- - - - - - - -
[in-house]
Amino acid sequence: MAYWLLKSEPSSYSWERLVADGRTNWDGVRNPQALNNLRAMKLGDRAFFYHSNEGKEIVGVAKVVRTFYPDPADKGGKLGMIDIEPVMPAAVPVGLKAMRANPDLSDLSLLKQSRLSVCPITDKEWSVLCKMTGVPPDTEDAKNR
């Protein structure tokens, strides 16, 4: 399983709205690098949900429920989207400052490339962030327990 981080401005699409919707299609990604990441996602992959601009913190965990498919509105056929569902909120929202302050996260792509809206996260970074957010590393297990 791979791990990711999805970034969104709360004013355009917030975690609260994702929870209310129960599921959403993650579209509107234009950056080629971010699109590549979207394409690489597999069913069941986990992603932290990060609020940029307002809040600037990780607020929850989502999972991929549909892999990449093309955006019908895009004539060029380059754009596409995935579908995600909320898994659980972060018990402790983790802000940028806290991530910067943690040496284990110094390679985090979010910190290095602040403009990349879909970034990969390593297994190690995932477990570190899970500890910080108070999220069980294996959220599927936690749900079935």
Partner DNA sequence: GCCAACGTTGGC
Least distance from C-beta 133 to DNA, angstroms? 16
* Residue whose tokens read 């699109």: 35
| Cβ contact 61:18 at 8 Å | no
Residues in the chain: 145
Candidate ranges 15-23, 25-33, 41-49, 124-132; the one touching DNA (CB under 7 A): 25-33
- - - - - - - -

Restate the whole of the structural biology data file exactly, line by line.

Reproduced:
[in-house]
Amino acid sequence: MAYWLLKSEPSSYSWERLVADGRTNWDGVRNPQALNNLRAMKLGDRAFFYHSNEGKEIVGVAKVVRTFYPDPADKGGKLGMIDIEPVMPAAVPVGLKAMRANPDLSDLSLLKQSRLSVCPITDKEWSVLCKMTGVPPDTEDAKNR
């Protein structure tokens, strides 16, 4: 399983709205690098949900429920989207400052490339962030327990 981080401005699409919707299609990604990441996602992959601009913190965990498919509105056929569902909120929202302050996260792509809206996260970074957010590393297990 791979791990990711999805970034969104709360004013355009917030975690609260994702929870209310129960599921959403993650579209509107234009950056080629971010699109590549979207394409690489597999069913069941986990992603932290990060609020940029307002809040600037990780607020929850989502999972991929549909892999990449093309955006019908895009004539060029380059754009596409995935579908995600909320898994659980972060018990402790983790802000940028806290991530910067943690040496284990110094390679985090979010910190290095602040403009990349879909970034990969390593297994190690995932477990570190899970500890910080108070999220069980294996959220599927936690749900079935």
Partner DNA sequence: GCCAACGTTGGC
Least distance from C-beta 133 to DNA, angstroms? 16
* Residue whose tokens read 């699109």: 35
| Cβ contact 61:18 at 8 Å | no
Residues in the chain: 145
Candidate ranges 15-23, 25-33, 41-49, 124-132; the one touching DNA (CB under 7 A): 25-33